Researchers at Flinders University are excited about growing overseas interest in their screening tool for children with Autism Spectrum Disorders.
The tool, known as Autism Detection in Early Childhood (ADEC), is already available in Australia and used in Mexico and Singapore.
The School of Psychology’s Associate Professor Robyn Young is hoping that a current study will assist in its uptake world-wide.
“It is an easy-to-use tool, requiring limited additional training, providing a cost-effective way to identify children who may be a risk of developing autism,” Associate Professor Young said.
“Research, however, is required to ensure that this tool is identifying autism and not anything else. Therefore we need to involve lots of ‘typically’ developing children and children who have other disabilities,” she said.
“Ironically we have been able to recruit children on the autism spectrum for this study, given their parents are well aware of the need for such a tool. Unfortunately we have had very little response from the wider community.”
Assisting her in the study is an experienced clinician from Singapore, Mr Yong Hwee Nah (Fei), who is currently completing his PhD at Flinders while on an Endeavour Scholarship.
“We are thrilled to have Fei at Flinders as he is one of the few clinicians trained in Australia to research level in some of the widely used Autism tools,” Associate Professor Young said.
The study is designed for children aged between 12 and 36 months, and comprises a one-hour session in which the researcher assesses the child’s social and play skills and also interviews the parents. A short written report will be prepared upon the parents’ request.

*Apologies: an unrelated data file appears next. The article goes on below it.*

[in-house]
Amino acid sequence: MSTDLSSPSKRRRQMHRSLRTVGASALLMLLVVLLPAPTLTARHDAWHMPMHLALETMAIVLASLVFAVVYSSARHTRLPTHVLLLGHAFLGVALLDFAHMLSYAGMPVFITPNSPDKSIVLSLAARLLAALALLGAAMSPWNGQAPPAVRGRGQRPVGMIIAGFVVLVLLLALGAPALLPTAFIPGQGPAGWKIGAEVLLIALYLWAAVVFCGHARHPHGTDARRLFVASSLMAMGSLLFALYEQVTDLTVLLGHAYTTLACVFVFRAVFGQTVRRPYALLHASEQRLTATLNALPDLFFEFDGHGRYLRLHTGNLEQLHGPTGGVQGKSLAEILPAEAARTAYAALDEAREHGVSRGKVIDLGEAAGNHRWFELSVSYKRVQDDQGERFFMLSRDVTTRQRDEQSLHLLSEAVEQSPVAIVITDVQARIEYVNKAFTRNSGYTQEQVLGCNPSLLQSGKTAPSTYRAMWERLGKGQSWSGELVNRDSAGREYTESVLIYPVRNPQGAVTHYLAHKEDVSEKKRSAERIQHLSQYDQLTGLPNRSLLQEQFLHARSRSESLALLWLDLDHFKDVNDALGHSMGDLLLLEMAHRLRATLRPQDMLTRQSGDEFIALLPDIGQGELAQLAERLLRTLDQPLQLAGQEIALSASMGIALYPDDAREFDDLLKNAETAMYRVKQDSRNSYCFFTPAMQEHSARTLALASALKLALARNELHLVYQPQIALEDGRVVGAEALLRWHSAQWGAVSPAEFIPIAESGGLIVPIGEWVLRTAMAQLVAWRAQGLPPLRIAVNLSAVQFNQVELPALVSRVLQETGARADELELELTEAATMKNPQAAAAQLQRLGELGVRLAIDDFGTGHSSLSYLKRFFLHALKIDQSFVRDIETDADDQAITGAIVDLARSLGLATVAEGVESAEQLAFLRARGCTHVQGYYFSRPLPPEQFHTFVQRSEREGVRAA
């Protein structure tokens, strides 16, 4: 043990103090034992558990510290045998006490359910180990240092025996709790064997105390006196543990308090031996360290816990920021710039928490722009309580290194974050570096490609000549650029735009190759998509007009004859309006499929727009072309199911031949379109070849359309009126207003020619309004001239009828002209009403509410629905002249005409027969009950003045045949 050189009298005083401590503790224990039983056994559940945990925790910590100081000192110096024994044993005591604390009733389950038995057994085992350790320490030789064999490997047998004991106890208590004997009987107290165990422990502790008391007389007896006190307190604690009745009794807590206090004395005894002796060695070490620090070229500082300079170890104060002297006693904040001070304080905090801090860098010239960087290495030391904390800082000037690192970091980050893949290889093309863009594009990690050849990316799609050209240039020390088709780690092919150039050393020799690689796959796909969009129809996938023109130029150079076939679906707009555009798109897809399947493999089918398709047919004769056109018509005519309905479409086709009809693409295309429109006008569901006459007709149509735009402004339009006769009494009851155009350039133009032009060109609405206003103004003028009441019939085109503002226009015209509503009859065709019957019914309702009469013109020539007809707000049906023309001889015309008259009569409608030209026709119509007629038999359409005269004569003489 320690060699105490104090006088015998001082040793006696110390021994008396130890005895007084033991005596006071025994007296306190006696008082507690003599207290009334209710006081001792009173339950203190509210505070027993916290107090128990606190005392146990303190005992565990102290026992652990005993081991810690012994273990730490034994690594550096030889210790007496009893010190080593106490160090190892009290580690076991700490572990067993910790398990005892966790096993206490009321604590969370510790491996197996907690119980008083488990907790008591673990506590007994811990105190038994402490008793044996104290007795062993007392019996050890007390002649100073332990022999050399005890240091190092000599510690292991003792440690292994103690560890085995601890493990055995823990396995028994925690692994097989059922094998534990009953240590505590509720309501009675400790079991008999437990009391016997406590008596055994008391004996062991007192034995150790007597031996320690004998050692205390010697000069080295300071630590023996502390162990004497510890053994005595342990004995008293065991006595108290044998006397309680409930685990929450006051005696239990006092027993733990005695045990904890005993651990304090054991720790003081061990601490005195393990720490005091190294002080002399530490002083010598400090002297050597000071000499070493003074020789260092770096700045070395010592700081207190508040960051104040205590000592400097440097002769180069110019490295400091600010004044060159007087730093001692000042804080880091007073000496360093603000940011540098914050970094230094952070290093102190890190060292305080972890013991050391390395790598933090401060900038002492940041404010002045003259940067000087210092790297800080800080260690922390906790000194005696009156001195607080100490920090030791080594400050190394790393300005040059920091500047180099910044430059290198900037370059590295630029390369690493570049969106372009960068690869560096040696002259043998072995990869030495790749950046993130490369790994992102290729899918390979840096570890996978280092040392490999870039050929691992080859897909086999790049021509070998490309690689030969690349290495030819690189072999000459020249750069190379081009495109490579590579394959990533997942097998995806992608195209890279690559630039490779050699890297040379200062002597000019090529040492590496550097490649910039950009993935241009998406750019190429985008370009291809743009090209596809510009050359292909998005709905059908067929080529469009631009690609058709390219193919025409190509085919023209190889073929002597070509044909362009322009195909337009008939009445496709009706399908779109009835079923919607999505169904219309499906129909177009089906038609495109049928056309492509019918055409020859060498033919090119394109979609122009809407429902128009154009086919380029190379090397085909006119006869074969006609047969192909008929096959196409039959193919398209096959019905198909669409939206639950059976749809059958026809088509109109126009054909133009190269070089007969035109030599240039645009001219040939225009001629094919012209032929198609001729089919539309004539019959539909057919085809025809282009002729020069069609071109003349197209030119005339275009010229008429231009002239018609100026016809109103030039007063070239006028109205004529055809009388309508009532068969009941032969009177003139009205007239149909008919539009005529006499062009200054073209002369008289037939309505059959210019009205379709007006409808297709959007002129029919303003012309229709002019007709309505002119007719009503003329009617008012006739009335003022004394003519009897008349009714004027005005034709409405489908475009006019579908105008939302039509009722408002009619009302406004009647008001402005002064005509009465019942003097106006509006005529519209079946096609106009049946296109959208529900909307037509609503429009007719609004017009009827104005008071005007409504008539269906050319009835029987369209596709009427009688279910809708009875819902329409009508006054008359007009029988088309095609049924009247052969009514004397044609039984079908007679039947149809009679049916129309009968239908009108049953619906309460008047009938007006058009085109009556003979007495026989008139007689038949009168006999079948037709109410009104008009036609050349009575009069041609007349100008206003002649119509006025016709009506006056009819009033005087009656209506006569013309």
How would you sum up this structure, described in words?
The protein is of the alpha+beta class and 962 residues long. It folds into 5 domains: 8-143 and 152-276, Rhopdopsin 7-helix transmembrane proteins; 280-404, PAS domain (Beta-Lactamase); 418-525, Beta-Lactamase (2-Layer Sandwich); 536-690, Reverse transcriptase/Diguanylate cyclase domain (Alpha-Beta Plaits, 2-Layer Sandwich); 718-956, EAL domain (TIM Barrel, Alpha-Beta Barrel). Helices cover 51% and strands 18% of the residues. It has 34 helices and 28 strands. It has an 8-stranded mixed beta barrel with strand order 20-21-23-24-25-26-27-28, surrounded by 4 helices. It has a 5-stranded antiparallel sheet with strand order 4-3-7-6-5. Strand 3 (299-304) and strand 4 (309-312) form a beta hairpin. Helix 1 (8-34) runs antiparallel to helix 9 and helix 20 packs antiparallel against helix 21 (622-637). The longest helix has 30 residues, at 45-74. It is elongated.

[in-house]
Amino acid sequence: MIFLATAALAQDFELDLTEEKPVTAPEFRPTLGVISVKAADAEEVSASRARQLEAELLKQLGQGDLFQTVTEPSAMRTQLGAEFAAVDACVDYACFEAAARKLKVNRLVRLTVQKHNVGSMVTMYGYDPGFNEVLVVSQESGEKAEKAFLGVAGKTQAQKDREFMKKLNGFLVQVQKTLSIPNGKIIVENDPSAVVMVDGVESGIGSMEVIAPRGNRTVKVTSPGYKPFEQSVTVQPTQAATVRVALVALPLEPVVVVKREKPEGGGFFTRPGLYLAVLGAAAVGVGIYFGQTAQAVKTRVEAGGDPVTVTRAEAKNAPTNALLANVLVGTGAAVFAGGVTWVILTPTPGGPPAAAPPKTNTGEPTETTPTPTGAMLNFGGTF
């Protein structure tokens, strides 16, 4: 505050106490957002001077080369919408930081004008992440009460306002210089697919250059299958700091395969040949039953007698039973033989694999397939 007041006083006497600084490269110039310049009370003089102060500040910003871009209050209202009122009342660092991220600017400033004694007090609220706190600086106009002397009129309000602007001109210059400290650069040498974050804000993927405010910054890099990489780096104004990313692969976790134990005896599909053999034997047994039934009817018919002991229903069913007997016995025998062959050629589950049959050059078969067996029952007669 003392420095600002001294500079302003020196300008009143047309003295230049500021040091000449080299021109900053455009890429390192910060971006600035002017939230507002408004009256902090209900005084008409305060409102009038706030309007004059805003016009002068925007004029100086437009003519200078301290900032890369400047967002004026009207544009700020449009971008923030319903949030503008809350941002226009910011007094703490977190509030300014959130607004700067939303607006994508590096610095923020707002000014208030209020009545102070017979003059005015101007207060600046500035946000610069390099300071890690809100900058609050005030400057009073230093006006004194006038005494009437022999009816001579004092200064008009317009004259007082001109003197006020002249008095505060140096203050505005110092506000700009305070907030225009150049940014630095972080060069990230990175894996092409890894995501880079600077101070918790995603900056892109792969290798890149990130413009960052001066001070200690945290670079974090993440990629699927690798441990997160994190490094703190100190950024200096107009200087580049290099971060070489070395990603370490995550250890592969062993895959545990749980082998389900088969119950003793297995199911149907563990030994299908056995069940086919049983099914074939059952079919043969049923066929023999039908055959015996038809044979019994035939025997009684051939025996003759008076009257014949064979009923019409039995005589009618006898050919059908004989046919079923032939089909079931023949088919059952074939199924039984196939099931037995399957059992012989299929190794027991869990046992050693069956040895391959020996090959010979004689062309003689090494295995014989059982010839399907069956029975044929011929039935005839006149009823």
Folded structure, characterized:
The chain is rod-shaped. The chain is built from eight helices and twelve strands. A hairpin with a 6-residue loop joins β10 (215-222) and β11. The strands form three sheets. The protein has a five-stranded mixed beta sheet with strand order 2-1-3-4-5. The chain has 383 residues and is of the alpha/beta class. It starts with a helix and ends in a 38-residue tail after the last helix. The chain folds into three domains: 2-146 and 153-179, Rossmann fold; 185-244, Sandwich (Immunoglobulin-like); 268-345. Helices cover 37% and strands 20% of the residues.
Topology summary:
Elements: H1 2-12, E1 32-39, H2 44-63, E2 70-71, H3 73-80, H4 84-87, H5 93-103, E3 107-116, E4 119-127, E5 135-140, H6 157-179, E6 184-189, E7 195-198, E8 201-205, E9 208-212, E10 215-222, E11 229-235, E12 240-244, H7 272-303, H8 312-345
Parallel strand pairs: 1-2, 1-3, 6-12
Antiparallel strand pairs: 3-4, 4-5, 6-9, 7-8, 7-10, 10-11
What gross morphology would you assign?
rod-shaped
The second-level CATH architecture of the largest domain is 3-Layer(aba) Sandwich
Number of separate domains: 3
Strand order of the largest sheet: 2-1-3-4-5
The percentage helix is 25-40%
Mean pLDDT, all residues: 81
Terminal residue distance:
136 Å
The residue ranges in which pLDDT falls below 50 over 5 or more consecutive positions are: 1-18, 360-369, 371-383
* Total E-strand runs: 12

While the screening is particularly appropriate for parents who may be concerned about their children’s development (such as lateness in talking) or where there is a family history of Autism Spectrum Disorder, Flinders would welcome any children aged between 12 and 36 months as participants in the study.
Parents who choose to bring their child to Flinders for assessment will be eligible for a $20 fee towards travel costs, or the researcher can visit the child and parents at home.
For enquiries and bookings, contact Fei on 8201 3998 or email Associate Professor Robyn Young.
4 thoughts on “Free autism screening as part of study”
I am an ASD Researcher from Spain working on ASD detection tools (See Canal 2011-JAAD-)I would like to know wich tools are you using for the 12 months screening and further assesment. Thank you very much for your reply in advance.
Hello, would this test suit older children, with or without (other) disabilities Nicki
this screening tool is best suited for children under 36 months.
Nice initiative indeed to help the cause of autism spectrum disorder. speech and language delay or autism spectrum disorder are serious issues. Please consult your physician about it. For more information, on how to treat speech and language delay and autism spectrum disorder, please visit http://designed2shine.com.au/children/.